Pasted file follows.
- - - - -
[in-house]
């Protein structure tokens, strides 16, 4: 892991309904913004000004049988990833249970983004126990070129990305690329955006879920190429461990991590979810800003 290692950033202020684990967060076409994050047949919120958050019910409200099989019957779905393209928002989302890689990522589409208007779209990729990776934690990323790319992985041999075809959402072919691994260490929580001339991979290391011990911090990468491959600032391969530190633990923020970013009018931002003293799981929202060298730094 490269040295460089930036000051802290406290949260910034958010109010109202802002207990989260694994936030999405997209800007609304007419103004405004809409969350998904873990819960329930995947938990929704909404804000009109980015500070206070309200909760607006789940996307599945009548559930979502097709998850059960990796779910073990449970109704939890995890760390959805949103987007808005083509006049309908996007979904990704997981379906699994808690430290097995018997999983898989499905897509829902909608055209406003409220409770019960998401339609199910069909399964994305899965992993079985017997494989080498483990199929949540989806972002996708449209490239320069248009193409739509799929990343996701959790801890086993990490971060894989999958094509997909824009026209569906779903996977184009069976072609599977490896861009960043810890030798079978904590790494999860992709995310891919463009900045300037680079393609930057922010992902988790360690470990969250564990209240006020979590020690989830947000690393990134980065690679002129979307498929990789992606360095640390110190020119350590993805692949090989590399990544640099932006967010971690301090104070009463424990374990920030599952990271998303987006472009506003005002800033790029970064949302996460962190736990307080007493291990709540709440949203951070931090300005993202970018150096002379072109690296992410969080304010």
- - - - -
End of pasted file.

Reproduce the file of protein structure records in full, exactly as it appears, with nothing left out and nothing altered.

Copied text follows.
[in-house]
């Protein structure tokens, strides 16, 4: 892991309904913004000004049988990833249970983004126990070129990305690329955006879920190429461990991590979810800003 290692950033202020684990967060076409994050047949919120958050019910409200099989019957779905393209928002989302890689990522589409208007779209990729990776934690990323790319992985041999075809959402072919691994260490929580001339991979290391011990911090990468491959600032391969530190633990923020970013009018931002003293799981929202060298730094 490269040295460089930036000051802290406290949260910034958010109010109202802002207990989260694994936030999405997209800007609304007419103004405004809409969350998904873990819960329930995947938990929704909404804000009109980015500070206070309200909760607006789940996307599945009548559930979502097709998850059960990796779910073990449970109704939890995890760390959805949103987007808005083509006049309908996007979904990704997981379906699994808690430290097995018997999983898989499905897509829902909608055209406003409220409770019960998401339609199910069909399964994305899965992993079985017997494989080498483990199929949540989806972002996708449209490239320069248009193409739509799929990343996701959790801890086993990490971060894989999958094509997909824009026209569906779903996977184009069976072609599977490896861009960043810890030798079978904590790494999860992709995310891919463009900045300037680079393609930057922010992902988790360690470990969250564990209240006020979590020690989830947000690393990134980065690679002129979307498929990789992606360095640390110190020119350590993805692949090989590399990544640099932006967010971690301090104070009463424990374990920030599952990271998303987006472009506003005002800033790029970064949302996460962190736990307080007493291990709540709440949203951070931090300005993202970018150096002379072109690296992410969080304010």